Manganese(II) chloride tetrahydrate.
You're dealing with a hydrate, which is a compound that consists of
- the anhydrous salt, which in this case is
- the water of crystallization, which in this case is
The first thing to do here is to focus on the anhydrous salt. Notice that the salt contains chloride anions, which as you know carry a
This implies that the charge on the manganese cation will be equal to
Because manganese is a transition metal, which implies that it can form cations of different charges, you must use a Roman numeral to name it.
In this case, the manganese cation carries a
#"Mn"^(2+) ->#the manganese(II) cation
The anhydrous salt will be called
#"MnCl"_2 ->#manganese(II) chloride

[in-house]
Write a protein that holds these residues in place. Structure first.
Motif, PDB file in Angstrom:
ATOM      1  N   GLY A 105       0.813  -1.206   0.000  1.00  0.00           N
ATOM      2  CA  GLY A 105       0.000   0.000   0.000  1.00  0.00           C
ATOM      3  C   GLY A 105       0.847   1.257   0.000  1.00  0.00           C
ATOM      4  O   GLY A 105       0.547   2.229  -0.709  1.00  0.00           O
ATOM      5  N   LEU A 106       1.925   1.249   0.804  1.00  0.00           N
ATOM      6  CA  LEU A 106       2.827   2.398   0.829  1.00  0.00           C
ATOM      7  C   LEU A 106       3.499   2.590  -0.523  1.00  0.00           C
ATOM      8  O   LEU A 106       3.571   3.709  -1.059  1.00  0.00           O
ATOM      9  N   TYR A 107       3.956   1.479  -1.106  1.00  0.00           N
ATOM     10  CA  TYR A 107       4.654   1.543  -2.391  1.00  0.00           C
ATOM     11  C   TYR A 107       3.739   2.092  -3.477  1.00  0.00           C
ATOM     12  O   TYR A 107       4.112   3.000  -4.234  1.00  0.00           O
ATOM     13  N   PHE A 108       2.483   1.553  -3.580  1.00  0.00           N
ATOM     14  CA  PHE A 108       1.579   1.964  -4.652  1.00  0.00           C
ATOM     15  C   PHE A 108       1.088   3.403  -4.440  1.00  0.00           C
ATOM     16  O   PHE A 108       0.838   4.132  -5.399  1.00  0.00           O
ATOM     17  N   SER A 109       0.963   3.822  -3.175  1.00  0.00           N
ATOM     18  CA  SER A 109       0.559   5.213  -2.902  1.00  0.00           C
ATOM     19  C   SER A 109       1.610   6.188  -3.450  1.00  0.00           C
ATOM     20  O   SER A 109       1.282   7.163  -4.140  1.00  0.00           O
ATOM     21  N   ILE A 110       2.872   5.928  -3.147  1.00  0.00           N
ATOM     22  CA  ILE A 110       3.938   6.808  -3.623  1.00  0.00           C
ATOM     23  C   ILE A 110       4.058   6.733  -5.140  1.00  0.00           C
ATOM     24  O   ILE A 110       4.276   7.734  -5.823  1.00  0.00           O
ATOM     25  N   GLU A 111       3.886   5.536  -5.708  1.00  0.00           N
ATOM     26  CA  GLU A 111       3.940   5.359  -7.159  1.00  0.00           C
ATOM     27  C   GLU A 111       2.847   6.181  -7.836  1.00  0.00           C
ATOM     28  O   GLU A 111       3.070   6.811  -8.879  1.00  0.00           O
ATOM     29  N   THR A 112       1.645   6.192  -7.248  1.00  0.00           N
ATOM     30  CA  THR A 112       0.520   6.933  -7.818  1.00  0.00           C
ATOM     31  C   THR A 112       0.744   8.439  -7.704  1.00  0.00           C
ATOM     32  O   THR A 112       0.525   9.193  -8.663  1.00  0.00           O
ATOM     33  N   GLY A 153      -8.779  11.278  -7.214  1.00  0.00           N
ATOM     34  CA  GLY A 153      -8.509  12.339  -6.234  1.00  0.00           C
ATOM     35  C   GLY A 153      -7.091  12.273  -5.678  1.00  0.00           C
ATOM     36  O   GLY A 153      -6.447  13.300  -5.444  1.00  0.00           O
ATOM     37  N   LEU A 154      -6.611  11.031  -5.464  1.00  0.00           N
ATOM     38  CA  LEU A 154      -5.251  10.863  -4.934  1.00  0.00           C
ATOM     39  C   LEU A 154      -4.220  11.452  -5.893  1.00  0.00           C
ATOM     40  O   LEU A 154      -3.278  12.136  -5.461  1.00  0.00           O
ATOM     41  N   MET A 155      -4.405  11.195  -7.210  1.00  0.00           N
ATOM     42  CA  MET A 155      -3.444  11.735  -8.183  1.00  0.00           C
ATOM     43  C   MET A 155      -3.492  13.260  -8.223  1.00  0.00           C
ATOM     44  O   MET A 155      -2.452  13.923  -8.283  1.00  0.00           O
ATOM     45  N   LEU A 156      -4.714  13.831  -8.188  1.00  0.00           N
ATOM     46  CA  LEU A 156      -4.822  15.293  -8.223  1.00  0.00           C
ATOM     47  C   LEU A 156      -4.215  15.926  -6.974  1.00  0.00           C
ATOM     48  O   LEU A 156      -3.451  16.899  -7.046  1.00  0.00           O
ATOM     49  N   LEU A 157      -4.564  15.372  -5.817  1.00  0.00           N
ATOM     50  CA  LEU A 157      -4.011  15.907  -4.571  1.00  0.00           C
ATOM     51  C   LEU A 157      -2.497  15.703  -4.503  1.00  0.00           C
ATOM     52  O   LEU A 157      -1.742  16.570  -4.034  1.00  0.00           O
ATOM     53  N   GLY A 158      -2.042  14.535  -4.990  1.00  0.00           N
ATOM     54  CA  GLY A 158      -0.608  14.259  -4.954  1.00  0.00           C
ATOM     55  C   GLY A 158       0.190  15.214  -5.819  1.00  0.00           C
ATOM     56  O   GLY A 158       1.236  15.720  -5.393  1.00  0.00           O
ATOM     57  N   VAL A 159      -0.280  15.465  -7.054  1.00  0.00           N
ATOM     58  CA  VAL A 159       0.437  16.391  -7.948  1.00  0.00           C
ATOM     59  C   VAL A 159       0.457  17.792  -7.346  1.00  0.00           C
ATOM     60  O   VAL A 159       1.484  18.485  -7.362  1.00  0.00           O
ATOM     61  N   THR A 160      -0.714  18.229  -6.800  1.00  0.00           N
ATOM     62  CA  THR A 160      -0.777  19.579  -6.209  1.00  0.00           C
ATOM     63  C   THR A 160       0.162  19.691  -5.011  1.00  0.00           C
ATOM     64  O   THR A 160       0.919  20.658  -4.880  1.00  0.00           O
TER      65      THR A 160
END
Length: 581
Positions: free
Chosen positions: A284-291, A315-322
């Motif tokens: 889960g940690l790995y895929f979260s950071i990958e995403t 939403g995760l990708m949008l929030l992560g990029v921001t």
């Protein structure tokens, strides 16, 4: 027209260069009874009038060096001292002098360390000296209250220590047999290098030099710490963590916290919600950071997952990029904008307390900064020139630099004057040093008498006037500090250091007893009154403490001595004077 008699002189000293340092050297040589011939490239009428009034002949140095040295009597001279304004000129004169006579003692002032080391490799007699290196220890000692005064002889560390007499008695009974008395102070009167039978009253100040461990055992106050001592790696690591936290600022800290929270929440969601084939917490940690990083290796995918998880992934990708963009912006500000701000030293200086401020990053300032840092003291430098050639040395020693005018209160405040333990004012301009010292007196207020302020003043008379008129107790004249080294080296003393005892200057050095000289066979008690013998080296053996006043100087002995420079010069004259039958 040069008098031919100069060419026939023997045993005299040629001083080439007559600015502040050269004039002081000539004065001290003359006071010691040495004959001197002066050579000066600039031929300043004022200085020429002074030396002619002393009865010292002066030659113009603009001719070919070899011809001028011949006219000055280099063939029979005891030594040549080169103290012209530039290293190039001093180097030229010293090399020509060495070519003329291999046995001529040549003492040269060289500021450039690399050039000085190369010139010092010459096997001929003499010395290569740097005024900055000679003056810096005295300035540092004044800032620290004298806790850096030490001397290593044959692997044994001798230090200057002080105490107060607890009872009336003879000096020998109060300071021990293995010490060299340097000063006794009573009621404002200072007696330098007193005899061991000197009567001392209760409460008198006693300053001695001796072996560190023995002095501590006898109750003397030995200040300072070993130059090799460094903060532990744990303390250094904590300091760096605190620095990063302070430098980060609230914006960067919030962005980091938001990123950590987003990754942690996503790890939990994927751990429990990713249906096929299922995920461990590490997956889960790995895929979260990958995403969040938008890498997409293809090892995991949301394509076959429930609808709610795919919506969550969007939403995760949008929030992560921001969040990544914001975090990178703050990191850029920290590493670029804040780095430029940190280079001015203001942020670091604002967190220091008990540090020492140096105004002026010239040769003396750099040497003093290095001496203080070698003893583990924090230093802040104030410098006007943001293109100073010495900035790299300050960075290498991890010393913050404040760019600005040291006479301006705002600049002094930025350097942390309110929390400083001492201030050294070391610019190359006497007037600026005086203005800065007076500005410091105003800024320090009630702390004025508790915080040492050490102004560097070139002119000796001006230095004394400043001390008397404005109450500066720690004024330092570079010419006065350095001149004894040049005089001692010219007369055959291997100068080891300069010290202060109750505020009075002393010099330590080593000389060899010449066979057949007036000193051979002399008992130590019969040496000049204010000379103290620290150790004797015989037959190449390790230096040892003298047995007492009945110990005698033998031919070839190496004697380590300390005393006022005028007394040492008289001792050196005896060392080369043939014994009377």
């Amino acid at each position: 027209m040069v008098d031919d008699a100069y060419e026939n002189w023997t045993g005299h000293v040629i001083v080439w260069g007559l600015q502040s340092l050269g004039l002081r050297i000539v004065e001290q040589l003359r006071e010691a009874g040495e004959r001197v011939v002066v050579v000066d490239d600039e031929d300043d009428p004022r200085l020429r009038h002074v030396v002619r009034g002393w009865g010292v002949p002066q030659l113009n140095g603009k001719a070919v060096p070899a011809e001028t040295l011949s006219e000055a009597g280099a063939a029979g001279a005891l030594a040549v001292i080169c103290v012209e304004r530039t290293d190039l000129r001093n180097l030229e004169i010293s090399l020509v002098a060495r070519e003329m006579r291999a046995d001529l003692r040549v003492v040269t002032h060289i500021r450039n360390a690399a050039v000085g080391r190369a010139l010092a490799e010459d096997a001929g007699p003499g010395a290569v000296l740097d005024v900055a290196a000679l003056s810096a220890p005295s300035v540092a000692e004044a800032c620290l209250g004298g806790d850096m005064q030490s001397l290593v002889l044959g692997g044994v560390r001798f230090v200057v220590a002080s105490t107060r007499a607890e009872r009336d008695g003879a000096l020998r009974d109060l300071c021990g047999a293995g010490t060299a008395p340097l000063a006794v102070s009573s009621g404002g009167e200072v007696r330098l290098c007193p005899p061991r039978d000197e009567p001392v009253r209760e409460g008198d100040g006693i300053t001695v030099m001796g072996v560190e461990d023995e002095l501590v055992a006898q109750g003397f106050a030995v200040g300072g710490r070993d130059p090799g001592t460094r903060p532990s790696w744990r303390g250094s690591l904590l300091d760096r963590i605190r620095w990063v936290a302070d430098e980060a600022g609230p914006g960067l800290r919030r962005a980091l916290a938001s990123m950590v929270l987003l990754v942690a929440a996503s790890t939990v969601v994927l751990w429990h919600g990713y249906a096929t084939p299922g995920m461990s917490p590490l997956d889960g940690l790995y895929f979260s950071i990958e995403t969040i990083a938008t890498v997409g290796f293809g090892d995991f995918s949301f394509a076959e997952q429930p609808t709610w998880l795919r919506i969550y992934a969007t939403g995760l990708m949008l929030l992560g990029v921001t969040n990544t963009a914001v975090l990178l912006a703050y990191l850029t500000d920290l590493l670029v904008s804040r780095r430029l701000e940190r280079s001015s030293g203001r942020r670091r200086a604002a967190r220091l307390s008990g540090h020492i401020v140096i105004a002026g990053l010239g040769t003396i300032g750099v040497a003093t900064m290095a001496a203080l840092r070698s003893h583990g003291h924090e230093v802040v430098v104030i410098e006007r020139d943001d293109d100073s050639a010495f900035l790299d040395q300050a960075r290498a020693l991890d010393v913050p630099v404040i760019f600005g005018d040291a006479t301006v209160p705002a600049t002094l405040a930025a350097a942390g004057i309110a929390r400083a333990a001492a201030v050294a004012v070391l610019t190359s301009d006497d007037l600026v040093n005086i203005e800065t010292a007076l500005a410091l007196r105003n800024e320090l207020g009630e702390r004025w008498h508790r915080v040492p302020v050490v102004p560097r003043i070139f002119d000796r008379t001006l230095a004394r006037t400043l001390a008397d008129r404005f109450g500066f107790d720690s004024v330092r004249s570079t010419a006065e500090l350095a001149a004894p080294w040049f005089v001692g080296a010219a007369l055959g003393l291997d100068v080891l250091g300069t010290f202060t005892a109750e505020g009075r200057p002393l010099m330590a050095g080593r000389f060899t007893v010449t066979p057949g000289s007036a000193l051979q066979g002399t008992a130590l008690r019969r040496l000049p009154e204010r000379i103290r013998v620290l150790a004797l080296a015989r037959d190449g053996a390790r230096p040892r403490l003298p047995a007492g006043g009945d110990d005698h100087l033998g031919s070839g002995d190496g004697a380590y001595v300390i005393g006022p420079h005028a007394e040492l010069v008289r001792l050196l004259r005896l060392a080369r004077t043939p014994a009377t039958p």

Now for the water of crystallization. Notice that each formula unit of this hydrate contains
- one formula unit of manganese(II) chloride,
#1 xx "MnCl"_2#
- four molecules of water,
#4 xx "H"_2"O"#
At this point, you must turn to a Greek prefix.
Since you have four water molecules per formula unit of hydrate, use the prefix tetra-.
The full name of the hydrate will thus be
#"MnCl"_2 * 4"H"_2"O" ->#manganese(II) chloride tetrahydrate